Cord Cutting

When two individuals interact and exchange energy, a bond forms between them which can be seen (psychically, symbolically or metaphorically) as a cord connecting the two of them together. If the attachment is having a negative impact on the your life, being unable to let go of a past relationship for example, it is essential that you should sever and destroy the cord in order to move on.

Future Choice Meditation

This technique may be useful in cases where you have to make one of two distinct choices about your future, such as a career or perhaps a partner. FCM is intended primarily for spiritually-inclined clients who believe in karma and life plans and wish to know which is the right path for them. It is designed for use after past lives have been explored and any blocks have been dealt with.

Finally, I should make it clear that one related form of therapy that I am not specifically offering, at least at the moment, is Spirit Release. This is a complex technique which should in general only be attempted by someone with detailed specialist training. If an entity clearly manifests during a session, I have enough knowledge of the subject to be able to negotiate with it, but I would only regard this as a “first aid” treatment and would advise the client to see a fully-trained spirit release therapist as soon as possible.

This article could have stretched to several pages. If you need any further explanation of anything I’ve mentioned, please ask.

“But they’ll look very silly along the way”

This is the final comment in the Radio Times’s description of a new ITV “game show”, starting on Saturday 14 March, called You’re Back in the Room. The synopsis is “A comedy game show based on hypnosis: five members of the public take on straightforward tasks, made harder by the hurdles that hypnotist Keith Barry plants in their minds.”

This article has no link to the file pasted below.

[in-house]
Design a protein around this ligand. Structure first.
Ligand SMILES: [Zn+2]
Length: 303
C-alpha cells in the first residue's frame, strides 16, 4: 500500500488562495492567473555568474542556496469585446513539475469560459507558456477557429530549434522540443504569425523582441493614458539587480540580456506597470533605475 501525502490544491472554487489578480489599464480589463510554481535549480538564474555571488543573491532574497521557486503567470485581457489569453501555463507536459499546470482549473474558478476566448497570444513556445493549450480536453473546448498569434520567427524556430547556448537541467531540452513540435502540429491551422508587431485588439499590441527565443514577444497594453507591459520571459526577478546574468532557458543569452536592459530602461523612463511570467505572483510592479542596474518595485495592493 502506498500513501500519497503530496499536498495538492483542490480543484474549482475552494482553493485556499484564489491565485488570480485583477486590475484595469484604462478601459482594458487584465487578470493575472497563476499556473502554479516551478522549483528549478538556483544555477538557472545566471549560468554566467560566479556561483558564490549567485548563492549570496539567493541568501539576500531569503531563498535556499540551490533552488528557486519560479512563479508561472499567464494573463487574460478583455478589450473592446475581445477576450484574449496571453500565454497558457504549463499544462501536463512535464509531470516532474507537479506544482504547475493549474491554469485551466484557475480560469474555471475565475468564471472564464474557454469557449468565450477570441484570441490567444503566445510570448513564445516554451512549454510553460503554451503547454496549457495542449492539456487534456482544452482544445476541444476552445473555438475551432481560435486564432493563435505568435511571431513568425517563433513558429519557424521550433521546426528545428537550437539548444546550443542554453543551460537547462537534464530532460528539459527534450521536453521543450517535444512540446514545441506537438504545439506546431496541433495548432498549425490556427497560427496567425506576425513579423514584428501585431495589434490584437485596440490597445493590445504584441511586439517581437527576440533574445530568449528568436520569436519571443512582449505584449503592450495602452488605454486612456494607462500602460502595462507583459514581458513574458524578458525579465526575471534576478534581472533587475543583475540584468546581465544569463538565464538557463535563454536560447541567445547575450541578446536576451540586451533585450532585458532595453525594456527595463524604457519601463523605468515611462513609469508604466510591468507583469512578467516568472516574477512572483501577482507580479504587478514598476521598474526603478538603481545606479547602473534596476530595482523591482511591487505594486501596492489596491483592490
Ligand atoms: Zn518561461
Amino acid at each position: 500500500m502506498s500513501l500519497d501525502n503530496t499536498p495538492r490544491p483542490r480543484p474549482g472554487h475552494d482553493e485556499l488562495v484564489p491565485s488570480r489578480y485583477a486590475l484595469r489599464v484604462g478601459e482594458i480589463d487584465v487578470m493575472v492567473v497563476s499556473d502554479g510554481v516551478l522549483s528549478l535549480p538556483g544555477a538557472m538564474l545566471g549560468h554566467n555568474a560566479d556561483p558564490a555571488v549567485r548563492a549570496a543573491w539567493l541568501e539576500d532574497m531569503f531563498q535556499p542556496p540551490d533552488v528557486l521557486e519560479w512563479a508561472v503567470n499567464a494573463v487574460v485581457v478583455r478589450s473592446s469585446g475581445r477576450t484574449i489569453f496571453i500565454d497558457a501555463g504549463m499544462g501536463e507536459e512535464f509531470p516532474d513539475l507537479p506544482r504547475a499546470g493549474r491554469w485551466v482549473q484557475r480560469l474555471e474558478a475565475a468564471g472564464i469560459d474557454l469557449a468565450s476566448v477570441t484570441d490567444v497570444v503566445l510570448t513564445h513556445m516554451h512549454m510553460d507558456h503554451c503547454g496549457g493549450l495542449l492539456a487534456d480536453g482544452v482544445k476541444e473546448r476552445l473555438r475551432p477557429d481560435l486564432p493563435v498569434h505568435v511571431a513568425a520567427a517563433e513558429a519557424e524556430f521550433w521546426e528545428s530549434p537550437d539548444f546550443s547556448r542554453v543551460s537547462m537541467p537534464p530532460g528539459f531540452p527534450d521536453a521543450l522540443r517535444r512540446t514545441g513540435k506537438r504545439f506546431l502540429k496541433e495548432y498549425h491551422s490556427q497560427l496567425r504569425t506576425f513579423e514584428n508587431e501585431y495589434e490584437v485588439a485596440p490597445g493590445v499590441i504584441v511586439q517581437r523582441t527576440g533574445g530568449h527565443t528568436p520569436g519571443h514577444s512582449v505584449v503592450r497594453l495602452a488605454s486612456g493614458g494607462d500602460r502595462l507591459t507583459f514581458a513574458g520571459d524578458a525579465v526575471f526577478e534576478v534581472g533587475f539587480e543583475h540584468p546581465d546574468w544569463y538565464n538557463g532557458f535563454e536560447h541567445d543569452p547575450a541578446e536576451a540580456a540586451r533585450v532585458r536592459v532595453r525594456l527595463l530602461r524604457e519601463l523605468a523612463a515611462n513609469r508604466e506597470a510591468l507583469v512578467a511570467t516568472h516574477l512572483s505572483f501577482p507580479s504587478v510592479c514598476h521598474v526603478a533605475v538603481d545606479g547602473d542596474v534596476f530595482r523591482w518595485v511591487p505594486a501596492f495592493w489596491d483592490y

I rarely watch anything on ITV, and I never watch game shows, but this one – based on the descriptions and trailers I’ve seen – reaches new depths. Although I don’t perform as a hypnotist, only as a magician, I’m not opposed to stage hypnosis in general as long as it’s reasonably tasteful. This new TV show looks and sounds about as tasteless as it’s possible to get.

It’s emphasised in the FAQs on my website, but I want it to be made very clear again, that no responsible hypnotherapist, myself included, would make any suggestions to clients that would make them act in a foolish way. Hypnotherapy is just that: therapy employing hypnosis. Hypnotherapists use their skills (not “powers”!) for therapeutic purposes only, not for entertainment – their own or anyone else’s. We help clients to remove “hurdles” – we don’t plant them.

What’s a good hypnotheraputic strategy?

Answer by Barry Cooper:

I use a wide range of techniques, but perhaps the most versatile is “parts” work. There are several versions of this, but they all involve calling up parts of the unconscious mind and getting them to negotiate with each other. The unconscious mind, if it “really” exists at all, doesn’t “really” have parts – but it behaves as though it does. So, for example, a smoker may have a part of his UCM that wants to quit, and another part that wants to continue. Getting those parts to talk to each other can be very effective.

View Answer on Quora

Doing It In Public

According to The Sun, which I don’t read, the singer Adele has been having hypnotherapy to “cure her stage fright”. While I would never use the word ‘cure’ in connection with hypnotherapy, as it’s not a medical treatment, it can certainly be very effective in dealing with stage fright and any similar ‘performance anxiety’.

In fact, a lack of confidence in, or even a fear of, public speaking is one of the most common problems that clients bring to me. Although I have dealt with stage fright it’s usually related to speaking in front of a class at college or colleagues at work. This is something that I can generally help with easily, effectively and quickly – often one session is enough. My focus is on teaching clients self-help techniques; obviously it depends on the individual circumstances – there’s no ‘one size fits all’ approach for any client – but it’s usually a combination of self-hypnosis, NLP and one of the meridian therapies. You can read more about these on my website and in other blogs.